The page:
Baker, James

Letter
Date:
February 13, 1940
To:
Mom
From:
James
February 13, 1940

Dear Mom,

Well yesterday certainly was a red letter day for me. I received you two letters dated 24th and 30th, your parcel, Sadie's portrait and Valentine, and a letter from Blake. Mrs. Arthur also wrote me a letter the day before. Parcel was in good condition when it arrived but I'm sorry to say that is was in anything but good condition five minutes later. "The troops were cut off by a large detachment of the enemy's patrols, completely surrounded and annihilated," might be the epitaph erected over the remains of my parcel. It is absolutely impossible to believe how quickly those eatables disappeared. But seriously that cake was swell!! and the cookies too. The socks fit perfectly but I guess that after all these years you ought to be able to knit a pair of socks so that they fit me. I liked the papers best though, please send more of them. Also all my poems. I'm going to buy a good leather book and put them all in it and carry it around with me. I want it thick and/but small so that it will fit in my tunic pocket.

Sadie sent me a wonderful picture of herself and a wonderful Valentine so I'm completely happy and satisfied for another week.

Today I got paid 2 pounds - 1, so I'm going into Aldershot tonight to see a jeweler about getting your brooch made. It will be awfully late but I'm afraid I can't help that. You'll know I was thinking about you anyway.

That ship you say Mr. Hostler wrote about was the "Andes" and she was indeed a beautiful ship. That was her first or her maiden voyage so the Sea Forths were rather luckily in getting her. By the way did I tell you the rumour that went around camp about the second week we were here. It was to the effect that the "SS Orama" the boat on which we came across was torpedoed off the coast of Liverpool while preceding into dry dock and sank with all hands. If it was true we can certainly thank our lucky stars that we weren't on it. Poor devils, think of those men going to their deaths and we had been talking, laughing and joking with them just a few hours before. It often make you stop and wonder what this war is all about. It seems such an utter waste of money and men that could be turned to some useful purpose for the betterment of mankind.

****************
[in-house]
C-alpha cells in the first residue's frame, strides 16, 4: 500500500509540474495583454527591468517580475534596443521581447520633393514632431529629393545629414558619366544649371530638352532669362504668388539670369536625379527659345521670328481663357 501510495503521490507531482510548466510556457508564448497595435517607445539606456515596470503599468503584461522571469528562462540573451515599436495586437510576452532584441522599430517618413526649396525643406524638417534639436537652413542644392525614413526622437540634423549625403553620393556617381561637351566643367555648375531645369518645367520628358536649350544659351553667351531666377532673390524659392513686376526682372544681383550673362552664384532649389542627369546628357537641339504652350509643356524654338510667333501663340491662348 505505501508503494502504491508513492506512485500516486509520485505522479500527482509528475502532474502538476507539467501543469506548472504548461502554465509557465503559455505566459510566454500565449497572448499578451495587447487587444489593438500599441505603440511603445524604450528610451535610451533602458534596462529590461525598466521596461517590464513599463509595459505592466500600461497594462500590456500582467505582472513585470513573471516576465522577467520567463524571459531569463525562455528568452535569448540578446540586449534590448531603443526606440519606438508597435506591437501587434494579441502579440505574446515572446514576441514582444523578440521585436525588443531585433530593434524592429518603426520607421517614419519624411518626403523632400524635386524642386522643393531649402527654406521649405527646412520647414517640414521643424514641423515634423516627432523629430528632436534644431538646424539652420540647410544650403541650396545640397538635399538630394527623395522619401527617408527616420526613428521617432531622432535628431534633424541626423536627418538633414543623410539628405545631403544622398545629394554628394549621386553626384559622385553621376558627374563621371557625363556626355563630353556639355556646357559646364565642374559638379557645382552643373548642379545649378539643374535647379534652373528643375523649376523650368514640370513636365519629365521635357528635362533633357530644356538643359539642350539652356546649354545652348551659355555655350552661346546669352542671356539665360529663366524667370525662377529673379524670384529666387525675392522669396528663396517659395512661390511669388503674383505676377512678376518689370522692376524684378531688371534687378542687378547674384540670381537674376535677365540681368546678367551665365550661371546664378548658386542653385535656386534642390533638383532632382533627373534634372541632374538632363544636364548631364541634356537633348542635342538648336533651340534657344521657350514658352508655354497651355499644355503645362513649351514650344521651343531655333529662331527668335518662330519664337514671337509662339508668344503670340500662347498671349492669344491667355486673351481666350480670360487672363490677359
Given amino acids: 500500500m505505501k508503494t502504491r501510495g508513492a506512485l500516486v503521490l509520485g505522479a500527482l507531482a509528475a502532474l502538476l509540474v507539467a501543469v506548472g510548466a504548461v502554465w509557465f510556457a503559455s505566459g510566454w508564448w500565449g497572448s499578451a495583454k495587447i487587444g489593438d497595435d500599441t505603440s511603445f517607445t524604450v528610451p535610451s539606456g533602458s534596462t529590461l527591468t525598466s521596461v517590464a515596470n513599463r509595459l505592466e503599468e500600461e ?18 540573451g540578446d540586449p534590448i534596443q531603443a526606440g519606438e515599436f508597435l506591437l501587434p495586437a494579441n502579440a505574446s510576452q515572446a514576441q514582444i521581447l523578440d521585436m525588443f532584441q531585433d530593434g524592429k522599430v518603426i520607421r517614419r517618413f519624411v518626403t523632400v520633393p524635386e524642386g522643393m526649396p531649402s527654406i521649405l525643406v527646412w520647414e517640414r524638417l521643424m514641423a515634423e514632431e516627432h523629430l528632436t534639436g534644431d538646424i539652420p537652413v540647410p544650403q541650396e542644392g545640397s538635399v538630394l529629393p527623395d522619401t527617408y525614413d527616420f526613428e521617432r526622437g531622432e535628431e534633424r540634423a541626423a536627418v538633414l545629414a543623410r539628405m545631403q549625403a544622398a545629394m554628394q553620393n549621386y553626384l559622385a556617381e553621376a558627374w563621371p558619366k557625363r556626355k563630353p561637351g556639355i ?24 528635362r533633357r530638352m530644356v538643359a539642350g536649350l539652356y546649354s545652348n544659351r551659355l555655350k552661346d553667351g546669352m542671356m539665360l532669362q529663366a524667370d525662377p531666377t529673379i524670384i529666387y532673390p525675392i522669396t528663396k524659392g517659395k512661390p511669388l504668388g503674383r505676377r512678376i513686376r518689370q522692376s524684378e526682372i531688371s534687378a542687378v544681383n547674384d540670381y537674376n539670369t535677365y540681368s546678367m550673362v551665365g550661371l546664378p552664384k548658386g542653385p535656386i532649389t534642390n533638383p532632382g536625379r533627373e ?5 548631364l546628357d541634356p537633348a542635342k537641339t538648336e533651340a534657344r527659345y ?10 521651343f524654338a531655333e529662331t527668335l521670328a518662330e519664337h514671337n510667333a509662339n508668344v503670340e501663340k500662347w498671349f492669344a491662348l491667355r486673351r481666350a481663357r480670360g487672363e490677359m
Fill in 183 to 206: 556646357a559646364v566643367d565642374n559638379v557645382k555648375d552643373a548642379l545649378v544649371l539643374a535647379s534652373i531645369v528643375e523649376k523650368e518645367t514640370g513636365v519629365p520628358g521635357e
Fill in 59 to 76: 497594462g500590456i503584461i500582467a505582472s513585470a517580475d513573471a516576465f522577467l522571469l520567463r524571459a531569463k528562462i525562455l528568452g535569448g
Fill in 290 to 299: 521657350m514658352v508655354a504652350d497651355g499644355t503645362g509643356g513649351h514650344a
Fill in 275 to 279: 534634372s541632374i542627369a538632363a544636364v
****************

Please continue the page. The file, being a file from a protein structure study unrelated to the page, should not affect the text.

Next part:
I think that one of my later letters tells you all about my leave. Please mention the dates of all my letters so I'll know if you missed any. Just in case you don't get the one in which I described my leave, I'll tell you in this one. I got a two day leave on Jan 3rd or 2nd - I don't remember which, and decided to go down to Brighton. I only started out with 70s and my fare was 8s, so you see I was not exactly looking forward to having a rip-roaring time. But when I got down there, I fell in with a fellow Canadian from Vancouver who moved over here almost 20 years ago and now owns the Savoy Cafe - the best restaurant in Brighton. He insisted that I stay with him for 2 days - as his guest. I ate all my meals there, slept there and was generally treated as one of the family. I certainly enjoyed myself. On the first day, I tried to get in touch with Aunt Minnie, but there are only 200,000 people in Brighton and only about 150 Bakers and, as I had no address, it began to look like a hopeless task. But on the second day I had the good luck to fall in with Mr. Gray - the Town Clerk who happened to have known Grandfather for years. He told me where to find Aunt Minnie so I went around there at once. Boy was she surprised and happy to see me. She had no more idea who I was than she had of flying, but when I introduced myself she suddenly remembered that I looked so like my father as he had been in 1914 that she kept on calling me "Jambo" which was her nickname for Dad. I spent all afternoon with them but had to go before I really got to know them as my leave was up. I'm going to try and run down there for a weekend again sometime.

Yes it certainly has been cold here and it still is. It has been snowing intermittently for the past 3 days and looks suspiciously like it might snow some more.

Jessie Young told me not to tell you about the operation so I didn't. Young Fred Snell and I are quite good friends but he is in another company so I don't see as much of him as I would like.

How is Dad getting along? I'm glad that he got in at last. If I had my way, he'd stay there every spring for 3 months. Perhaps in that way, he'd get better. Tell him I'm going to write him a letter: if I just address it Shaughnessy Hosp., he ought to get it.

I've got a new job now. I'm a waiter down in the officer's mess. I work from 6:30 AM to 8.00 PM but I get off between 9.00 AM to 11.30 AM and from 2.00 PM to 6.30 PM, so it's not so bad. Every 4 days I get a half a day off and every fortnight I can get a 2 day pass without asking for it. I get much better food and $10 a month extra so I'm in clover. With all this spare time I think I'll begin to think seriously of these free courses. I'm going to write away and see what I can find out about them. They should know something about them at BC House in London.

I meant to write some more of those articles but then I decided I had better wait and see if they wanted any more first. You say they do so I'm enclosing a description of "London in the Blackout".

I'm glad you sent me Guy and Jessie Weston's address. I'm going to write to them and see what they have to say. All these people you mention I know. I met them all through chumming around with Guy and Jessie. La Ronde is Jessie's boy friend and Frank Beir is Hazel's husband.

Well I guess that's all for now. Thanks again for your lovely parcel and until next time.

Jim



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